When using a weapon you will notice it gradually changing colour. This is because it is becoming corrupted, which makes it weaker. When this happens you either have to steal another one, or purify the one you have. The downside to purification is that it takes a couple of seconds to do, which leaves you open to attack.
While the temptation may be to button-bash, if you attack in a slow, constant rhythm your hits will be stronger and able to break an enemy’s defence. Experimenting with different button combinations uncovers a wealth of attack and defence moves, although it’s down to you to decide what will work best on an enemy.
The one big complaint, and it’s something that has been mentioned before, is the lack of a target lock. There were times, especially against flying enemies, where it was a bit trial and error when attacking because you were literally swinging in thin-air in the hope that an attack connects.[drop]It would have also helped nullify the troublesome camera, which seemed to insist on defaulting to the most dramatic, albeit useless, angle. I found this to be one of the main issues as, whilst the combat was smooth, you couldn’t manually control the camera, and as such could be attacked by something you didn’t even know was there.
When not kicking ass in the name of the Lord, you’ll be partaking in some pixel perfect platforming sections which, when presented in short bursts, are quite enjoyable. Unfortunately towards the end of the game the platforming gets more attention, and this is where annoyance sets in. Once again it’s the cameras fault, as sometimes it’s nigh on impossible to see where you have to land after a jump. There doesn’t seem to be any depth perception, and time and again you’ll plummet to your death through no fault of your own. It may look stylish, but I’d rather have a camera angle that supports the gameplay, instead of hindering it. Thankfully, when you fall, the reload is instant and at the start of the jump.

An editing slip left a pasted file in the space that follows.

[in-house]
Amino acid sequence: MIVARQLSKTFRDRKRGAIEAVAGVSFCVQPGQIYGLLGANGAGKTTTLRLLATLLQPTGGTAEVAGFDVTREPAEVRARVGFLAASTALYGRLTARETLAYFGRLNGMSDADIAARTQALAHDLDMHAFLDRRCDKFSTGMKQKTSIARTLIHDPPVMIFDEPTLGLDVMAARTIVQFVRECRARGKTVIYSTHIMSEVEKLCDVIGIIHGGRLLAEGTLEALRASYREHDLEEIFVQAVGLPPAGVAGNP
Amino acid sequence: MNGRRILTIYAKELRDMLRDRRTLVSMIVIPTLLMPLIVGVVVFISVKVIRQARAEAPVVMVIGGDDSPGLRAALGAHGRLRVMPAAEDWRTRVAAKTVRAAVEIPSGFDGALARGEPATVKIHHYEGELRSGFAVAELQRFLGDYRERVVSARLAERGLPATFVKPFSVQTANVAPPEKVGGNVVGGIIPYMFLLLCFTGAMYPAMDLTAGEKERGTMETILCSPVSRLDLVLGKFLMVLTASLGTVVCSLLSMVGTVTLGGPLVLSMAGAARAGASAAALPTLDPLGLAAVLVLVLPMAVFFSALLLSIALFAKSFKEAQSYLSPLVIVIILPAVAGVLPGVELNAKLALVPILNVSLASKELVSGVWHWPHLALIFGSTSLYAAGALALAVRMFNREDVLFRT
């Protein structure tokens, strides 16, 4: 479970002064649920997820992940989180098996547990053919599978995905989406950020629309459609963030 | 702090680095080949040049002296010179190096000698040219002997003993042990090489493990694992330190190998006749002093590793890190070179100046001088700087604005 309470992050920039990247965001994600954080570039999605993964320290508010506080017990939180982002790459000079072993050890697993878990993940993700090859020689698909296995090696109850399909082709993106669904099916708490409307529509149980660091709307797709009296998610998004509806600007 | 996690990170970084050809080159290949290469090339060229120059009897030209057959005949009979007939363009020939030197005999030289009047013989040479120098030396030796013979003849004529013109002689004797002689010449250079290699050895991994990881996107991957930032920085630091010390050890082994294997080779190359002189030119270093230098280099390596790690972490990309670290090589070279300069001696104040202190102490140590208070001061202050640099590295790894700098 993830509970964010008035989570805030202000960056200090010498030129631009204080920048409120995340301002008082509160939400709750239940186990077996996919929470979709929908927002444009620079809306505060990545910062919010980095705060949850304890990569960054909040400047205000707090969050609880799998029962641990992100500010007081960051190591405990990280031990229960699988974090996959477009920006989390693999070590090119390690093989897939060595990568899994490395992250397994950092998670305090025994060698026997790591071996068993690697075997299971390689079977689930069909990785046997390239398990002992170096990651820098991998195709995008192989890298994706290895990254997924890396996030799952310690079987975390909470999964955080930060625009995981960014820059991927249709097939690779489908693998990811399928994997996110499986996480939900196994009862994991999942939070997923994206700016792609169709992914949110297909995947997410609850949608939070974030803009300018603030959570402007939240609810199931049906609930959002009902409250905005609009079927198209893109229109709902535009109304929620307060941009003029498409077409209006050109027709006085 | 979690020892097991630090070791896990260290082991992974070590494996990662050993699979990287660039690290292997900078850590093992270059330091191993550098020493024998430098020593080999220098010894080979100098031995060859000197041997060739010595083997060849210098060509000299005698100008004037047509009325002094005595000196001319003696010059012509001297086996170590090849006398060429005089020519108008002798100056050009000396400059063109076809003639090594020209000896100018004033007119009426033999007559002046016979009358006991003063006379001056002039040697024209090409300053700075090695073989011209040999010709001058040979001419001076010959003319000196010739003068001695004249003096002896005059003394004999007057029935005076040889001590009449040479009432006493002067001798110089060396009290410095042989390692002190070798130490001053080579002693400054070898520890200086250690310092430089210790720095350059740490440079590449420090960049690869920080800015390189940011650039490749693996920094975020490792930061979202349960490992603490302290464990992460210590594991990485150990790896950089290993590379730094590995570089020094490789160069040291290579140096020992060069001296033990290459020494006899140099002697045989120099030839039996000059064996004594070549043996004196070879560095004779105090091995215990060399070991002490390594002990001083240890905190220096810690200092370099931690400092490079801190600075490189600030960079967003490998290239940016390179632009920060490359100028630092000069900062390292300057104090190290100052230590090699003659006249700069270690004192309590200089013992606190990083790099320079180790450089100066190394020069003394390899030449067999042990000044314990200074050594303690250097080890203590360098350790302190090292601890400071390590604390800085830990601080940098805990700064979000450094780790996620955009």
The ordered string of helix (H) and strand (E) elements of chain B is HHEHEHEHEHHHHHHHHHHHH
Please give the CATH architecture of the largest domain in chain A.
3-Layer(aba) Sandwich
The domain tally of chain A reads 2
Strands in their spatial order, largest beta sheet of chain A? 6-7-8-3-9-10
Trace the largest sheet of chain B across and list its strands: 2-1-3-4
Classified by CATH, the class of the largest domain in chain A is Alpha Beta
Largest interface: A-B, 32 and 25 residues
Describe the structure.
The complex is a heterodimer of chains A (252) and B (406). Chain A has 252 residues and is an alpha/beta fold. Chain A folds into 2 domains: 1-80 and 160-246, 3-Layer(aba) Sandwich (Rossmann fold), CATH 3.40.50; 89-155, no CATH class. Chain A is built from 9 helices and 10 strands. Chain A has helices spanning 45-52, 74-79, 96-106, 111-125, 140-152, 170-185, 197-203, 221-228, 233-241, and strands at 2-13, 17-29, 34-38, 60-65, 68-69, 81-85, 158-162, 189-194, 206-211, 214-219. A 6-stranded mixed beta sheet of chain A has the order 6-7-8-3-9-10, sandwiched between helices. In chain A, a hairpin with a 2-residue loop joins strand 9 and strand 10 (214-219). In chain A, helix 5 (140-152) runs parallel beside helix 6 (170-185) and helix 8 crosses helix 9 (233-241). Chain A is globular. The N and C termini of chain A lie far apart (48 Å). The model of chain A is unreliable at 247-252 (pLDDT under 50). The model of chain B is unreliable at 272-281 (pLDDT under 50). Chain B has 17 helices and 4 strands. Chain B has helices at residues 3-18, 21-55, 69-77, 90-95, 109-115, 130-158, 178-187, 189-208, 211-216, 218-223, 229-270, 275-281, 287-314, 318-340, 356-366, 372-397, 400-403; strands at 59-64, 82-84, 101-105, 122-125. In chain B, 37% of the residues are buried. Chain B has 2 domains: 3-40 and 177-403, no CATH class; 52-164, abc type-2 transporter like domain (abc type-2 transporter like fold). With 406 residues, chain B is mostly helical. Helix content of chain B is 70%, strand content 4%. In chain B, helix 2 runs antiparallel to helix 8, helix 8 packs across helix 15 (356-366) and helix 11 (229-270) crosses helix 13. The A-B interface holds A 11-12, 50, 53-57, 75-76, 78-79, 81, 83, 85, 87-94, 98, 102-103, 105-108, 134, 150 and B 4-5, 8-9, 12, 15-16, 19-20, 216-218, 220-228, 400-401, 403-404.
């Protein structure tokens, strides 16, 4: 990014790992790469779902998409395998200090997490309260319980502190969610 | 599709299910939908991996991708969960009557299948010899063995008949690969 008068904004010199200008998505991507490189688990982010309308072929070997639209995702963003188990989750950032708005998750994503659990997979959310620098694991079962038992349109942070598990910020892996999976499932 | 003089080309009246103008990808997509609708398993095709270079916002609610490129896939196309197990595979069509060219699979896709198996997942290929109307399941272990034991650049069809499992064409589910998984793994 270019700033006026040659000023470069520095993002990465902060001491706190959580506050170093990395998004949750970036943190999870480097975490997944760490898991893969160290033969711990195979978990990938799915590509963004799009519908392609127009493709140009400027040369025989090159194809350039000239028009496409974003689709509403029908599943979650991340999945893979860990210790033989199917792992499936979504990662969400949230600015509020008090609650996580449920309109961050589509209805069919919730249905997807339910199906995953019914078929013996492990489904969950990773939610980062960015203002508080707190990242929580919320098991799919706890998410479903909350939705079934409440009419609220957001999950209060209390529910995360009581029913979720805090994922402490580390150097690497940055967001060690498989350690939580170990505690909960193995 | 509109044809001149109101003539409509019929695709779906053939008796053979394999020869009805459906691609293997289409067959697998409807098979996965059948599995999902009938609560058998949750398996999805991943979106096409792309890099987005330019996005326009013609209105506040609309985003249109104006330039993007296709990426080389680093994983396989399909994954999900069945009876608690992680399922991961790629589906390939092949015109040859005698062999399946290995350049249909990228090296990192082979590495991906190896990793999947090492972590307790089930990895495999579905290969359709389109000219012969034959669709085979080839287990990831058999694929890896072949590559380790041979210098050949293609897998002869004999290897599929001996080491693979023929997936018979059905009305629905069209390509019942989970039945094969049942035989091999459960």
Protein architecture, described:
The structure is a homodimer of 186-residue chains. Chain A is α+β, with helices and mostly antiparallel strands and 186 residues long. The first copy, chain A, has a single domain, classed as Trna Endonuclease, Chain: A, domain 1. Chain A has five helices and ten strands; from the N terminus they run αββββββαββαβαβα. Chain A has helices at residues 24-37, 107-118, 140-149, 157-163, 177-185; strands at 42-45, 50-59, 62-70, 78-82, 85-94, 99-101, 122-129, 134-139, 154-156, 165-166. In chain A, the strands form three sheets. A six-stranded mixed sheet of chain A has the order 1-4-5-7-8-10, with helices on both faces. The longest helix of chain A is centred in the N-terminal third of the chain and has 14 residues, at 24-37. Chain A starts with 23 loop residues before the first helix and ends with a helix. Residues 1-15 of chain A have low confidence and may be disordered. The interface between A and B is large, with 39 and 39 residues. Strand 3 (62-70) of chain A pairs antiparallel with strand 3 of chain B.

Repetition also sets in hallway through the game. Whilst initially everything feels fresh, things start to unravel the further you go. At first the boss fights are tense affairs, but you fight the same ones over and over throughout the 8-9 hours, which puts a big dent in the enjoyment. The variety of enemies you face is extremely limited as well, meaning that once you’ve sussed out the quickest way to kill them they don’t pose too much of a threat (on normal difficulty, anyway).
It almost feels like they ran out of ideas, as what started as something fantastic ends up as a “press the button to move the blocks” platform game, with an emphasis on running up long flights of stairs over and over again.
- For the most part it looks stunning.
- Enjoyable 2D platforming sections.
- A good, deep combat system.
- A stellar first half.
- Some really good ideas.
- 3D platform sections marred by poor camera.
- Limited enemy types.
- Fighting the same bosses over and over.
- The game becomes sadly predictable.
- Second half falls a bit flat.
When it all clicks El Shaddai: Ascension of the Metatron is a beautiful, exciting, fast paced game that is bursting with ideas. Unfortunately the latter half of the game fails to recreate the initial rush and the 3D platforming mechanics aren’t particularly strong, leading to much frustration.
Is it worth playing? Absolutely, just don’t expect perfection.